Near-bottom 230Th and 231Pa Scavenging and Anomalous 230Th Burial Rates in the South Pacific

Martin Q Fleisher1, Frank J Pavia2, Robert F Anderson3, Sebastian M Vivancos4, Jordan T Abell5 and Gisela Winckler4, (1)Lamont-Doherty Earth Observatory, Columbia University, Palisades, NY, United States, (2)Lamont-Doherty Earth Obs, Palisades, United States, (3)Lamont-Doherty Earth Obs, Palisades, NY, United States, (4)Columbia University, Department of Earth and Environmental Sciences, New York, NY, United States, (5)Lamont-Doherty Earth Observatory, Palisades, NY, United States
Abstract:
Radiogenic thorium (230Th) and protactinium (231Pa) are commonly applied as paleoceanographic tracers of particle flux, sedimentation, and circulation, owing to their insolubility and uniform production rates by uranium decay. The burial rate of 230Th in seafloor sediments is assumed to be constant in space and time, equal to its vertically-integrated water column production rate, allowing for its use as a “constant flux proxy” to reconstruct sediment mass accumulation rates. However, the assumption that 230Th in seawater does not experience net lateral redistribution by advection and eddy diffusion is infrequently tested.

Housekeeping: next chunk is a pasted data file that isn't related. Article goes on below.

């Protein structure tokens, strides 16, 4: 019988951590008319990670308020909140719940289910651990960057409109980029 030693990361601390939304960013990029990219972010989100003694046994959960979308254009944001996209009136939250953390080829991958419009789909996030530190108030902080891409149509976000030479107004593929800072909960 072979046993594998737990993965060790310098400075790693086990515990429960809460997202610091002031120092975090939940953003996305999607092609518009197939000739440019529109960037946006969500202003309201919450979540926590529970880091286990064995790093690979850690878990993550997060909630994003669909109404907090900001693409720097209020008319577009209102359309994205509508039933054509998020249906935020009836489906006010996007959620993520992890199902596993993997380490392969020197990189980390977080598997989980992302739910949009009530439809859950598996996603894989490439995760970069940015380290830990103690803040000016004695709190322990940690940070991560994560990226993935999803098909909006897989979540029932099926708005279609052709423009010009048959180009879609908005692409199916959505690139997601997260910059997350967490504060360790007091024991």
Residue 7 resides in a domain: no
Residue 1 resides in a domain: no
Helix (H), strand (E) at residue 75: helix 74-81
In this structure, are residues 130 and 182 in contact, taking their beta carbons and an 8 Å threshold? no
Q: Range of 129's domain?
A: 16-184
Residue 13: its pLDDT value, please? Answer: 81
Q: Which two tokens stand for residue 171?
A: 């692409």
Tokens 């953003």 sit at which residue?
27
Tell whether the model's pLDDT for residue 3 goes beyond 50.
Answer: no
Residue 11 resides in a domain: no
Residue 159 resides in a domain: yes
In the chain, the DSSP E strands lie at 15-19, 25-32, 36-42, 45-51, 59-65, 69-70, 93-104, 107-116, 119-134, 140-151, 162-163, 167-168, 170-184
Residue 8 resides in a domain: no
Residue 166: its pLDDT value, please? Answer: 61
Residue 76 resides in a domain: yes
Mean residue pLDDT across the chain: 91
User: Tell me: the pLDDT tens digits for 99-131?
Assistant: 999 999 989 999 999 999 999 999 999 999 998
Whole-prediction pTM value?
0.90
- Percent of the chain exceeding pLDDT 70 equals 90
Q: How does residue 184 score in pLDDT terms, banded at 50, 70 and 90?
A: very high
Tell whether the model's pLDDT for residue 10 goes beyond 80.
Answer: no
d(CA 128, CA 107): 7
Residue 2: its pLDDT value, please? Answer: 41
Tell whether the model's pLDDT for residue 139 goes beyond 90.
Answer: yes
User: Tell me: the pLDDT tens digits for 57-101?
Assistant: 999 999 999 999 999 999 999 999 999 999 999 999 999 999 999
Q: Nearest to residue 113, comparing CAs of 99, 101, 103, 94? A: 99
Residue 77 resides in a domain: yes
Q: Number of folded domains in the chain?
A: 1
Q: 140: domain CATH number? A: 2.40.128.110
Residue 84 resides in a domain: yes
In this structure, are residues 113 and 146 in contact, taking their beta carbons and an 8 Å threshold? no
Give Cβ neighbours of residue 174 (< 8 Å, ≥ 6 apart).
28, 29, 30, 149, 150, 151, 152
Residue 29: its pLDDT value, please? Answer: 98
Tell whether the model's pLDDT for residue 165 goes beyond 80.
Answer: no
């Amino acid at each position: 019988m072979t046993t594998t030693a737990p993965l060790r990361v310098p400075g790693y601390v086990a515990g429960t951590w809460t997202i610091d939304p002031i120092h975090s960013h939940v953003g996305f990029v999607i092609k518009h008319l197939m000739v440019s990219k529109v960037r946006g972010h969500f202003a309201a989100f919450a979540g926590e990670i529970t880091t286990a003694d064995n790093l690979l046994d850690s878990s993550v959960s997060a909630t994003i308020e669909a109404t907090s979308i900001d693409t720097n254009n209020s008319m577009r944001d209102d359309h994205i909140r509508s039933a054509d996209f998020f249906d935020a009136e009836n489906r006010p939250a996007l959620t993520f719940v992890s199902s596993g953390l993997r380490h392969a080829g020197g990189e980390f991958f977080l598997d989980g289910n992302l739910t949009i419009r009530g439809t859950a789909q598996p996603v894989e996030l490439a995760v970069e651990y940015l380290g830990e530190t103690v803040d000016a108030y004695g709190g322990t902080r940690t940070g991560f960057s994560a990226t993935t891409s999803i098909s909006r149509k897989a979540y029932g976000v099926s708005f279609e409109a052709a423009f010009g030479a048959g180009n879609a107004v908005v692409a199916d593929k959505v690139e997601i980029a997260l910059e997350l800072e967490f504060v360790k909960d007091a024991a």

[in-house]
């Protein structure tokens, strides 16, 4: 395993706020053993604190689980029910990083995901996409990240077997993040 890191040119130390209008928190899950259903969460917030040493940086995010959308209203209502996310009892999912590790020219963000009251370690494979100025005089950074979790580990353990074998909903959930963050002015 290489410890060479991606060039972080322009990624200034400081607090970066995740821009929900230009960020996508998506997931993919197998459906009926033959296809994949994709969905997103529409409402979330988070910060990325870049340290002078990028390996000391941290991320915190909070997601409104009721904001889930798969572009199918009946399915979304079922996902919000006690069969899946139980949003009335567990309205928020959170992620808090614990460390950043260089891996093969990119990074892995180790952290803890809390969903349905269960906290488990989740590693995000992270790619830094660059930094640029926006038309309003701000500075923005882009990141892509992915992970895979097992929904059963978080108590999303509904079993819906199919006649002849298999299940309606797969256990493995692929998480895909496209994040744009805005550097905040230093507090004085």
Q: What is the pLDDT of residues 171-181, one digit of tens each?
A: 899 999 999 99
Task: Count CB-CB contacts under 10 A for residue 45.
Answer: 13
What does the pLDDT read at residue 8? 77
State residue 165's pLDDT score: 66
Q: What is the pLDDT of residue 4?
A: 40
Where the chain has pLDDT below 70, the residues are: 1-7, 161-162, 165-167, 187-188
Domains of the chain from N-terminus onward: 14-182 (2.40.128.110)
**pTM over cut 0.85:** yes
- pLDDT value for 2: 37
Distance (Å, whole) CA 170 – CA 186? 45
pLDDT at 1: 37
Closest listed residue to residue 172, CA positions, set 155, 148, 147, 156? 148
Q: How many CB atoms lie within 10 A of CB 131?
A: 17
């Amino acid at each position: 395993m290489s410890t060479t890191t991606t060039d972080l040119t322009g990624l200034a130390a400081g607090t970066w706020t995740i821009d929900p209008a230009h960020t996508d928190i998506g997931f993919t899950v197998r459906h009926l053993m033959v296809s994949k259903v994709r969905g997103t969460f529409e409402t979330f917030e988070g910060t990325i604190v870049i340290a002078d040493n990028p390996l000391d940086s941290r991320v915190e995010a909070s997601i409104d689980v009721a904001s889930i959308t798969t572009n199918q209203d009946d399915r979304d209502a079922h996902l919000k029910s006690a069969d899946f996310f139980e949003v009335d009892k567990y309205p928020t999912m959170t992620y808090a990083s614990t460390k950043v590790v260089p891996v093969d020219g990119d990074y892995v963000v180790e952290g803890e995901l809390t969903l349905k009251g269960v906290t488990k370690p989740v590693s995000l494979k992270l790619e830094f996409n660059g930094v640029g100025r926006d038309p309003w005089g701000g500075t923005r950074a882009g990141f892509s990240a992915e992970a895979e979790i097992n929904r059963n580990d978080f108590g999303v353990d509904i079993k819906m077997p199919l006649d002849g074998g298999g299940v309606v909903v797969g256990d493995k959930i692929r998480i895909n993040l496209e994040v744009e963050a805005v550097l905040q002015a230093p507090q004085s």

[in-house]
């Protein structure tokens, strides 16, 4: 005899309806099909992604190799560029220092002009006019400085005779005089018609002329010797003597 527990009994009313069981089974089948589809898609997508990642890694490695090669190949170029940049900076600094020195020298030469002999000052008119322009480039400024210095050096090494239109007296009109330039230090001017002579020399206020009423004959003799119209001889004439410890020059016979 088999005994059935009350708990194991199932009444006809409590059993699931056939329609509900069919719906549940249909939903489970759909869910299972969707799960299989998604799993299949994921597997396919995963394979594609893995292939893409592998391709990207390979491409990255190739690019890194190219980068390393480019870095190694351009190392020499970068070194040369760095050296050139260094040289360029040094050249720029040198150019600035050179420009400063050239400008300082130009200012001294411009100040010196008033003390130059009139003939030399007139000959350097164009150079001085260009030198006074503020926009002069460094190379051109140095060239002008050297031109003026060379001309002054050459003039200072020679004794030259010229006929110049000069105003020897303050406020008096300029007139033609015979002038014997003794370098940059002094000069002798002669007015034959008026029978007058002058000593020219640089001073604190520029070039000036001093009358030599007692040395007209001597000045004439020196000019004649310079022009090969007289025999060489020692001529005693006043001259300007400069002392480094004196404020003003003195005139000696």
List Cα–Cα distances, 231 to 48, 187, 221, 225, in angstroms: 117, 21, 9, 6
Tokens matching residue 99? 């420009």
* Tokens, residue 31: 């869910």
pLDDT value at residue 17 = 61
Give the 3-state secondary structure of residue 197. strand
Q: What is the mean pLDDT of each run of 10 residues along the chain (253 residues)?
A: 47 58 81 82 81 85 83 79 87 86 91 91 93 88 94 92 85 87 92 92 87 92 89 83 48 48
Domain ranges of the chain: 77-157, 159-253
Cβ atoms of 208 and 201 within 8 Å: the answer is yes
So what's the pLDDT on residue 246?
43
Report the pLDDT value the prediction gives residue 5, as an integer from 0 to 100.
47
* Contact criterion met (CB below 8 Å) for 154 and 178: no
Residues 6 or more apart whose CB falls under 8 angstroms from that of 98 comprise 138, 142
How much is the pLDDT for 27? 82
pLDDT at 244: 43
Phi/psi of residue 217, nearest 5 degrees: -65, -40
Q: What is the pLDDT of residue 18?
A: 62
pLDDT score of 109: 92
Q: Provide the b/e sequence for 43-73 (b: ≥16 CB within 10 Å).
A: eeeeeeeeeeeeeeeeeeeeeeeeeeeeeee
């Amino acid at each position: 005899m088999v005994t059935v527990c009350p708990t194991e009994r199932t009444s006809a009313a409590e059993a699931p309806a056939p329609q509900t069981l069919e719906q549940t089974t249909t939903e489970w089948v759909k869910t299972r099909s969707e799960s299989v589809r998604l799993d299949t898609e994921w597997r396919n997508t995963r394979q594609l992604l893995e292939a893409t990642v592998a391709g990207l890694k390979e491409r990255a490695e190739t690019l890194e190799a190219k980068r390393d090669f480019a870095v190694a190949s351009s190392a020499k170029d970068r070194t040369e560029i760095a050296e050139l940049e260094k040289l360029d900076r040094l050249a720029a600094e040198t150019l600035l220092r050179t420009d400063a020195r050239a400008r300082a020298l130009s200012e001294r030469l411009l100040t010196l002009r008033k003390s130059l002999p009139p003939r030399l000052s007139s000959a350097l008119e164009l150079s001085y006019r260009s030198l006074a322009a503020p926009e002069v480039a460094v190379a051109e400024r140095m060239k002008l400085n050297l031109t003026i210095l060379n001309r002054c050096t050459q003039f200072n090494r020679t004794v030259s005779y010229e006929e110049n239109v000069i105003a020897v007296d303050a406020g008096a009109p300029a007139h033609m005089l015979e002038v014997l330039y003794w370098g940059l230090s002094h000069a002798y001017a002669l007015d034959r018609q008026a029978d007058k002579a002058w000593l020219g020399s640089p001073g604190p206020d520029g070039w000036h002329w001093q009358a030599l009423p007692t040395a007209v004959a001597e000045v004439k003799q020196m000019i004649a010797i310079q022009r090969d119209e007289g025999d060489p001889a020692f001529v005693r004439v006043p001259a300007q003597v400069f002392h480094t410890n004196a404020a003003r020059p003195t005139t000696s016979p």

We document depletions of dissolved 230Th and 231Pa relative to concentrations expected from reversible scavenging in the deep southeast Pacific extending thousands of meters above the seafloor, within the semi-enclosed Peru Basin and Bauer Basin, using measurements from the GEOTRACES GP16 transect and the UltraPac transect (SO245, GEOTRACES process study GPpr09). The removal signatures of 230Th and 231Pa reflect distal scavenging by hydrothermal particles and resuspended bottom sediments as waters flow into these basins. The confluence of weak near-bottom stratification with anomalous scavenging suggests that 230Th and 231Pa may find use as tracers of recent seafloor contact and incrop areas of water masses. By measuring 230Th burial rates in co-located coretop sediments, we find that these benthic scavenging processes drive anomalously low sedimentary 230Th fluxes, and discuss the implications for the use of 230Th as a constant flux proxy in the southeast Pacific.